Now, you want to find a financial adviser, one who is also a tax attorney. He'll draw up the papers for you to establish a corporation. A corporation? Why must you claim your prize in the name of a corporation?

You don't want to own and run a business. You don't have the time, the interest, and the experience to run your own company. You just want to have fun. Now that you have all this money, you want to be free of the business world and don't want to be tied down by the responsibility of a corporation of all things.

To receive as much of the jackpot prize as you can, in the name of the corporation is how you must claim the lottery ticket. Why? The tax rate on that amount of money is at least and not less than 50% for individuals, more with the amount of money you won, and only 25% and probably much less than that for corporations.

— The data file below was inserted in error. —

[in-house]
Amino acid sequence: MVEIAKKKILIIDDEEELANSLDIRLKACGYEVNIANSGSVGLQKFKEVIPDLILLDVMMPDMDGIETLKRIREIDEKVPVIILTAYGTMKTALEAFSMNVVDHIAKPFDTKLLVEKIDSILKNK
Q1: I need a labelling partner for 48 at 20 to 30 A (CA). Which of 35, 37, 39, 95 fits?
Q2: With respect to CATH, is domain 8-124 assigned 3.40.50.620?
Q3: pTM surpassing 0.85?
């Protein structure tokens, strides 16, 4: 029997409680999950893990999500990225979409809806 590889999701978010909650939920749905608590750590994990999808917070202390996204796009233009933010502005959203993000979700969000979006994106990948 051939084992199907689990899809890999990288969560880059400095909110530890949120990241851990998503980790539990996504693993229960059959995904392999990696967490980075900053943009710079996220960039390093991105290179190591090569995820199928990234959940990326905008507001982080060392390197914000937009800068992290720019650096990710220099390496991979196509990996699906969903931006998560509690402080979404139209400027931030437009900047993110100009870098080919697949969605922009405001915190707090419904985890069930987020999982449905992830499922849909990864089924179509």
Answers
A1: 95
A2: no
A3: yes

With corporations and corporate taxes, there are many legal deductions you can claim to reduce that tax down to a mere 10% or even lower. With a bit of creativity and a creative accountant, you could even show a loss, depending on the company you establish, such as a pharmaceutical research company or an oil and mineral mining company, even a green research company that helps save the environment. Conceivably, you could end up collecting all your lottery money and pay no taxes at all with the huge tax write-offs and subsequent tax refund you'd receive.

Well, for those who have hit the big one, I hope you will read this story and remember me with a finder's fee of say 10% of every tax dollar saved.